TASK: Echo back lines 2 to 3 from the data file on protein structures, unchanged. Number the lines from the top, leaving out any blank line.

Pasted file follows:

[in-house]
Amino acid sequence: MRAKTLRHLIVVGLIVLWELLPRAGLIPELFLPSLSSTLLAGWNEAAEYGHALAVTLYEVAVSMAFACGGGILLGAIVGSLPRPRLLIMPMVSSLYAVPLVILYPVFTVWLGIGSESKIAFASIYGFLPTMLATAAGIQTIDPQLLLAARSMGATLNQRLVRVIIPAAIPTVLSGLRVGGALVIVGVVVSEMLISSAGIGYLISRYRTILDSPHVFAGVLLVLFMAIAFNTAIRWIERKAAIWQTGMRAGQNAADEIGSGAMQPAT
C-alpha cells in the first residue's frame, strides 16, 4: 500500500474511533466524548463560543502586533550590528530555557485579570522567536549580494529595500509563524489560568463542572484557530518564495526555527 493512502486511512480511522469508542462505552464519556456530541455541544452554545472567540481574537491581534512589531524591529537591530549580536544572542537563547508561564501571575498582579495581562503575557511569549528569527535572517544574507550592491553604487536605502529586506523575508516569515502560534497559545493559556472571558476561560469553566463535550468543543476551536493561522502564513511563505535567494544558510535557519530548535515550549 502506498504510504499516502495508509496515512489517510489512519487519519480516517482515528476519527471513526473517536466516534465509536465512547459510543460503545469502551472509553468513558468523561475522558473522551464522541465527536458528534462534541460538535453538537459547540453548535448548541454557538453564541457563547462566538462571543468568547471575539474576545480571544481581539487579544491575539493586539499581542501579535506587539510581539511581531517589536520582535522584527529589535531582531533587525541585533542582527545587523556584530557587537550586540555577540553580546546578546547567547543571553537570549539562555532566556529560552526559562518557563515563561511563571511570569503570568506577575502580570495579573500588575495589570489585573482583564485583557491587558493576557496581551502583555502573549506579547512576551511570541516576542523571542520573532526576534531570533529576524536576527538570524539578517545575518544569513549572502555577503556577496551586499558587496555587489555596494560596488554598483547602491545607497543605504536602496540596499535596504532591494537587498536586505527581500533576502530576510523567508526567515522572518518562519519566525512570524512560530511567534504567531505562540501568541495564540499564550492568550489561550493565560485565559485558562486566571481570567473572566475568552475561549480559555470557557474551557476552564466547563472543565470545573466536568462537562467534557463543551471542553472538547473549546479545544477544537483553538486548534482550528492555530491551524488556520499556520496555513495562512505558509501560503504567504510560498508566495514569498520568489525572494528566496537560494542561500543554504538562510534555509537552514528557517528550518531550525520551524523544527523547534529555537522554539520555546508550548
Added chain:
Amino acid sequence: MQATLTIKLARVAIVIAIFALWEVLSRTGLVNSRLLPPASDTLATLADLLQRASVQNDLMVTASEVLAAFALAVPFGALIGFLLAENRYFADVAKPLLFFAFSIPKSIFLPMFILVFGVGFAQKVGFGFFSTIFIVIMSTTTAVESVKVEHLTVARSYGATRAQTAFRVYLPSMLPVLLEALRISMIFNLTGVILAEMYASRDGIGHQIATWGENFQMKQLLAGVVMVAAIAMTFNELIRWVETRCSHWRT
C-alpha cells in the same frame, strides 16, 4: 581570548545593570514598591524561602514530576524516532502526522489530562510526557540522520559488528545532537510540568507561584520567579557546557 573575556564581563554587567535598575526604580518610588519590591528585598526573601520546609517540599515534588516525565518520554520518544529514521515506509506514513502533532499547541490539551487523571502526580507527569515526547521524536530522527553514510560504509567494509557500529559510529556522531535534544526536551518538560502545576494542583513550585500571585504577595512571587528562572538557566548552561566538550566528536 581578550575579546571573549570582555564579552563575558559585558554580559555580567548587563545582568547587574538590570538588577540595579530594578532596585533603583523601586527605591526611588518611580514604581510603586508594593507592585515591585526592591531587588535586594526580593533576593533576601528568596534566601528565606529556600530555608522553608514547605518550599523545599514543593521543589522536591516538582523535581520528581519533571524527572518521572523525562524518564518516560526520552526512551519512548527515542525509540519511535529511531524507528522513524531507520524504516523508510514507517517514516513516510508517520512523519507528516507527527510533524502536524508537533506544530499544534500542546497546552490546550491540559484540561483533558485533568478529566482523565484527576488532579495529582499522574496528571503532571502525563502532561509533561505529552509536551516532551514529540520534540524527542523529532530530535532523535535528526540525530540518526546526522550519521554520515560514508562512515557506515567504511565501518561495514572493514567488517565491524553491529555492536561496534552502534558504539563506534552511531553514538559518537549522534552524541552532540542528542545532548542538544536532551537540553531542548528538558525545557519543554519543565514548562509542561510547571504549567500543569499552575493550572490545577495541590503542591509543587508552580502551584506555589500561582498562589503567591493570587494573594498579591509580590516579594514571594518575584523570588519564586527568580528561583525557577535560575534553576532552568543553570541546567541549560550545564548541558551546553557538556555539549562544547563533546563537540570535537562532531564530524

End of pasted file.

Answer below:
Amino acid sequence: MRAKTLRHLIVVGLIVLWELLPRAGLIPELFLPSLSSTLLAGWNEAAEYGHALAVTLYEVAVSMAFACGGGILLGAIVGSLPRPRLLIMPMVSSLYAVPLVILYPVFTVWLGIGSESKIAFASIYGFLPTMLATAAGIQTIDPQLLLAARSMGATLNQRLVRVIIPAAIPTVLSGLRVGGALVIVGVVVSEMLISSAGIGYLISRYRTILDSPHVFAGVLLVLFMAIAFNTAIRWIERKAAIWQTGMRAGQNAADEIGSGAMQPAT
C-alpha cells in the first residue's frame, strides 16, 4: 500500500474511533466524548463560543502586533550590528530555557485579570522567536549580494529595500509563524489560568463542572484557530518564495526555527 493512502486511512480511522469508542462505552464519556456530541455541544452554545472567540481574537491581534512589531524591529537591530549580536544572542537563547508561564501571575498582579495581562503575557511569549528569527535572517544574507550592491553604487536605502529586506523575508516569515502560534497559545493559556472571558476561560469553566463535550468543543476551536493561522502564513511563505535567494544558510535557519530548535515550549 502506498504510504499516502495508509496515512489517510489512519487519519480516517482515528476519527471513526473517536466516534465509536465512547459510543460503545469502551472509553468513558468523561475522558473522551464522541465527536458528534462534541460538535453538537459547540453548535448548541454557538453564541457563547462566538462571543468568547471575539474576545480571544481581539487579544491575539493586539499581542501579535506587539510581539511581531517589536520582535522584527529589535531582531533587525541585533542582527545587523556584530557587537550586540555577540553580546546578546547567547543571553537570549539562555532566556529560552526559562518557563515563561511563571511570569503570568506577575502580570495579573500588575495589570489585573482583564485583557491587558493576557496581551502583555502573549506579547512576551511570541516576542523571542520573532526576534531570533529576524536576527538570524539578517545575518544569513549572502555577503556577496551586499558587496555587489555596494560596488554598483547602491545607497543605504536602496540596499535596504532591494537587498536586505527581500533576502530576510523567508526567515522572518518562519519566525512570524512560530511567534504567531505562540501568541495564540499564550492568550489561550493565560485565559485558562486566571481570567473572566475568552475561549480559555470557557474551557476552564466547563472543565470545573466536568462537562467534557463543551471542553472538547473549546479545544477544537483553538486548534482550528492555530491551524488556520499556520496555513495562512505558509501560503504567504510560498508566495514569498520568489525572494528566496537560494542561500543554504538562510534555509537552514528557517528550518531550525520551524523544527523547534529555537522554539520555546508550548